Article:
Master Moderating Skills — The Dynamic Inquisitor

Revisiting this article I wrote in 2009. Unfortunately it needs repeating.

See if this scenario is familiar to you: You are attending a panel discussion with one moderator and four panelists. The session is 45 minutes. The moderator opens the session with, “OK, I guess we should get started. I’ll let the panelists introduce themselves.” Each of the four takes the opportunity to plug themselves and their company. By the time the fourth panelist finishes, fifteen minutes have elapsed.

Finally the moderator asks the first panelist a question, then asks the next three the same question. Typically, one panelist dominates the discussion with no interruption. Another twenty minutes have passed and there is a mere ten minutes left for questions. There were no debates, no follow-up and only one question was ever raised. The moderator had no control over the panelists and never reacted to anything that was said.

Unfortunately, this same scenario is repeated all too often.

A talented, professional moderator holds him or herself to the same standards as any speaker and would never let the opportunity for four experts to waste a valuable 45 minute session go to waste. Moderating a panel is no less important than being a keynote speaker. Watch dynamic moderators. You’ll notice a major difference in the energy, tone and value you get from a panel discussion.

I learned good moderating skills by studying the masters at professional conferences. I could spot a bad moderator the minute the person stepped up the stage. I knew this person either had control and confidence or was there to do nothing more than stand helplessly by as the panel quickly turned into an advertising session for each company represented on the stage. The entire session was a wasted opportunity to learn something and the moderator was less than impressive.

To turn yourself into a pro, follow my four simple rules to becoming an expert moderator. Turn content free panels into content rich, debate driven exciting sessions.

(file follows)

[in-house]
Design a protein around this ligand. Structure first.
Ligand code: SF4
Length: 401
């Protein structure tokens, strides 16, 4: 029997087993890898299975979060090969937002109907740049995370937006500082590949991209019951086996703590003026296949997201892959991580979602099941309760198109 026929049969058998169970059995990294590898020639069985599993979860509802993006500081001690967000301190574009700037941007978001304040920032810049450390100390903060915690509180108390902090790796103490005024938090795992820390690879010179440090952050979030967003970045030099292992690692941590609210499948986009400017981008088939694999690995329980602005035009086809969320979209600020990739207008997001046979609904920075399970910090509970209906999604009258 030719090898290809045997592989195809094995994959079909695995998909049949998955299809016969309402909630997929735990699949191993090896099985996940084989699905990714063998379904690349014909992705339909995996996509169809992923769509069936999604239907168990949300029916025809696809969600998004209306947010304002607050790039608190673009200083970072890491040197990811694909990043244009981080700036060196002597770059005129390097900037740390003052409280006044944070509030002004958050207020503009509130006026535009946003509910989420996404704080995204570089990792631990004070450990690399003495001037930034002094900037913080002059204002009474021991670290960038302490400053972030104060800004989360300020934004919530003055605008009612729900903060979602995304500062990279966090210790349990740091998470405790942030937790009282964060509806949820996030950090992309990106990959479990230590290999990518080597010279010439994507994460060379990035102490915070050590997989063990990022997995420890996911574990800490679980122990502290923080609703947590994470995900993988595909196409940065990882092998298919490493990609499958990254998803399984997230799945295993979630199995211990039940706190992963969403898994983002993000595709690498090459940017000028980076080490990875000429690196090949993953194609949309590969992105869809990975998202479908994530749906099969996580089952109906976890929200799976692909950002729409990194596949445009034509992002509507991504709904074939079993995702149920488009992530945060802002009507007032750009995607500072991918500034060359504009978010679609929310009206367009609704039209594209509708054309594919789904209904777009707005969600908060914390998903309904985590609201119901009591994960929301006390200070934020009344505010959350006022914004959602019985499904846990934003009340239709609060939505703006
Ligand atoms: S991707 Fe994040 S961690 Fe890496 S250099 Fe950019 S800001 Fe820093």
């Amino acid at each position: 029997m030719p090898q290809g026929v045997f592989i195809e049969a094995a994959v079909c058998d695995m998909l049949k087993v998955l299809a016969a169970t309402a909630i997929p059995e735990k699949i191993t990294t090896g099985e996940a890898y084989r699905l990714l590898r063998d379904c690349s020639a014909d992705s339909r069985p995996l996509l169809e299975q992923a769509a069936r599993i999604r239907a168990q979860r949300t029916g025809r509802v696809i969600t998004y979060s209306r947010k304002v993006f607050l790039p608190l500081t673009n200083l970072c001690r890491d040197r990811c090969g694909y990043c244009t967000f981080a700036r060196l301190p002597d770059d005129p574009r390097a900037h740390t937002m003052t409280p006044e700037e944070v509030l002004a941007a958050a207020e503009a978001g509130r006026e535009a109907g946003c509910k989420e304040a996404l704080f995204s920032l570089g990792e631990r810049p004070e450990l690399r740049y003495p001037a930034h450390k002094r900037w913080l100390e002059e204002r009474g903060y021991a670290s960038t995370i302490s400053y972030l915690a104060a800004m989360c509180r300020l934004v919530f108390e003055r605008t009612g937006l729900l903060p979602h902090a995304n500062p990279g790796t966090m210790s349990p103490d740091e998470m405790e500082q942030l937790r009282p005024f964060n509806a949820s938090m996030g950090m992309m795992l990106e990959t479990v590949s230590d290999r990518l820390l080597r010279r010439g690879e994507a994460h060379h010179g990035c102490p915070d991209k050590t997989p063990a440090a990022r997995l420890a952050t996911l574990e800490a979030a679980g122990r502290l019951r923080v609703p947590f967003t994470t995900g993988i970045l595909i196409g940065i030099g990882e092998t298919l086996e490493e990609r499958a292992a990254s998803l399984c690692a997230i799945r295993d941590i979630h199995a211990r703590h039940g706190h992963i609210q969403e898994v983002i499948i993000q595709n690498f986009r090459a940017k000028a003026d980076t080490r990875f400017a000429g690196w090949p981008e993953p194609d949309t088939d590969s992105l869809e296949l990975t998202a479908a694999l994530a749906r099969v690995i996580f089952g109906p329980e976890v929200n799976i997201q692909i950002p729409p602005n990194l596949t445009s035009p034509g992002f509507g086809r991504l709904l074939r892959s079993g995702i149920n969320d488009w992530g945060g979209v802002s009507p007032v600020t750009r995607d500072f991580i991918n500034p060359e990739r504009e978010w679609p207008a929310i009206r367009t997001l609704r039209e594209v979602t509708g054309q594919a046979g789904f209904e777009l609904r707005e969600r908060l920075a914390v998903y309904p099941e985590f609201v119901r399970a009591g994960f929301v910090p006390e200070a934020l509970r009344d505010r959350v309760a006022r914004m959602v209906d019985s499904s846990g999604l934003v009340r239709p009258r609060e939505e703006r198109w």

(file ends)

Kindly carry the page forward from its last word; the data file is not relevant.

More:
1.) After you have invited and received acceptance from your panelists, send a list to each panelist advising who else will be on the panel. Ask for bios and achievements from each. Know who these people are, what they have accomplished and the position of each company in the food chain.

The day of the session invite all panelists to meet you in the Green room 15 minutes before the panel so they can meet in person. After introductions, tell the panelist the format you will begin with and, nicely, that you may interrupt them during the discussion if you feel it necessary. This way they won’t be offended, or surprised.

2.) Do your homework on the topics. Ask others who have expertise you don’t something controversial to include in your list of prepared questions. Find out if one company won a contract or beat out another for a development.

3.) You introduce each panelist by name, position and company. That’s it. Never, ever let panelists introduce themselves. It eats up time and offers no real value to the discussion.

4.) Never ask each panelist the same question. Ask each a different question then you can come around with a challenge from one panelist to another. Challenge an answer and then get one of the other panelists to step in and offer another point of view. Try and get a debate going. Lively dialog builds once it is introduced.

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Master researcher, journalist and non-fiction author. My new book, San Francisco Values will be out in June 2020. Connect with me at

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